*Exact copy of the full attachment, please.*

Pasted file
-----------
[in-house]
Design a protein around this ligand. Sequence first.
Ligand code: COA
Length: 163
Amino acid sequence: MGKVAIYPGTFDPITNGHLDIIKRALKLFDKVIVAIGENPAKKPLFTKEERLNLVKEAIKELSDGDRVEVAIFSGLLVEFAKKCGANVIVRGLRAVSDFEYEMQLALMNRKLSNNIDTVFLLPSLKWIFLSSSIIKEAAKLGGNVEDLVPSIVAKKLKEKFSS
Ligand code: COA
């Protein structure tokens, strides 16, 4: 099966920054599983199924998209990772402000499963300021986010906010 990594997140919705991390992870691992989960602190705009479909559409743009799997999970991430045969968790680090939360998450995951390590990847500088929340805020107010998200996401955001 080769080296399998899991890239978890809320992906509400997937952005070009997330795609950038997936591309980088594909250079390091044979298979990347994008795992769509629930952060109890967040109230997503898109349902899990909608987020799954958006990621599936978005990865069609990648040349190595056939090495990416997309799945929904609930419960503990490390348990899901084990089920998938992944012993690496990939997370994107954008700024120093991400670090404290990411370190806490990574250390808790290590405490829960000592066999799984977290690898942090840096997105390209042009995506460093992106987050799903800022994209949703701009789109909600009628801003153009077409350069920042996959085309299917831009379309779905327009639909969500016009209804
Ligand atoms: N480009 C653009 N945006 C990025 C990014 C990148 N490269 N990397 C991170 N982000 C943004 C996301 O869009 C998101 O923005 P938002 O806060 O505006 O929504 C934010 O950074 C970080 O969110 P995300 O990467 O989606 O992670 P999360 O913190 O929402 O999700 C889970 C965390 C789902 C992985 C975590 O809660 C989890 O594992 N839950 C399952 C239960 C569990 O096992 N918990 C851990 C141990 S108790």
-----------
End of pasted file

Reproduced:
[in-house]
Design a protein around this ligand. Sequence first.
Ligand code: COA
Length: 163
Amino acid sequence: MGKVAIYPGTFDPITNGHLDIIKRALKLFDKVIVAIGENPAKKPLFTKEERLNLVKEAIKELSDGDRVEVAIFSGLLVEFAKKCGANVIVRGLRAVSDFEYEMQLALMNRKLSNNIDTVFLLPSLKWIFLSSSIIKEAAKLGGNVEDLVPSIVAKKLKEKFSS
Ligand code: COA
């Protein structure tokens, strides 16, 4: 099966920054599983199924998209990772402000499963300021986010906010 990594997140919705991390992870691992989960602190705009479909559409743009799997999970991430045969968790680090939360998450995951390590990847500088929340805020107010998200996401955001 080769080296399998899991890239978890809320992906509400997937952005070009997330795609950038997936591309980088594909250079390091044979298979990347994008795992769509629930952060109890967040109230997503898109349902899990909608987020799954958006990621599936978005990865069609990648040349190595056939090495990416997309799945929904609930419960503990490390348990899901084990089920998938992944012993690496990939997370994107954008700024120093991400670090404290990411370190806490990574250390808790290590405490829960000592066999799984977290690898942090840096997105390209042009995506460093992106987050799903800022994209949703701009789109909600009628801003153009077409350069920042996959085309299917831009379309779905327009639909969500016009209804
Ligand atoms: N480009 C653009 N945006 C990025 C990014 C990148 N490269 N990397 C991170 N982000 C943004 C996301 O869009 C998101 O923005 P938002 O806060 O505006 O929504 C934010 O950074 C970080 O969110 P995300 O990467 O989606 O992670 P999360 O913190 O929402 O999700 C889970 C965390 C789902 C992985 C975590 O809660 C989890 O594992 N839950 C399952 C239960 C569990 O096992 N918990 C851990 C141990 S108790």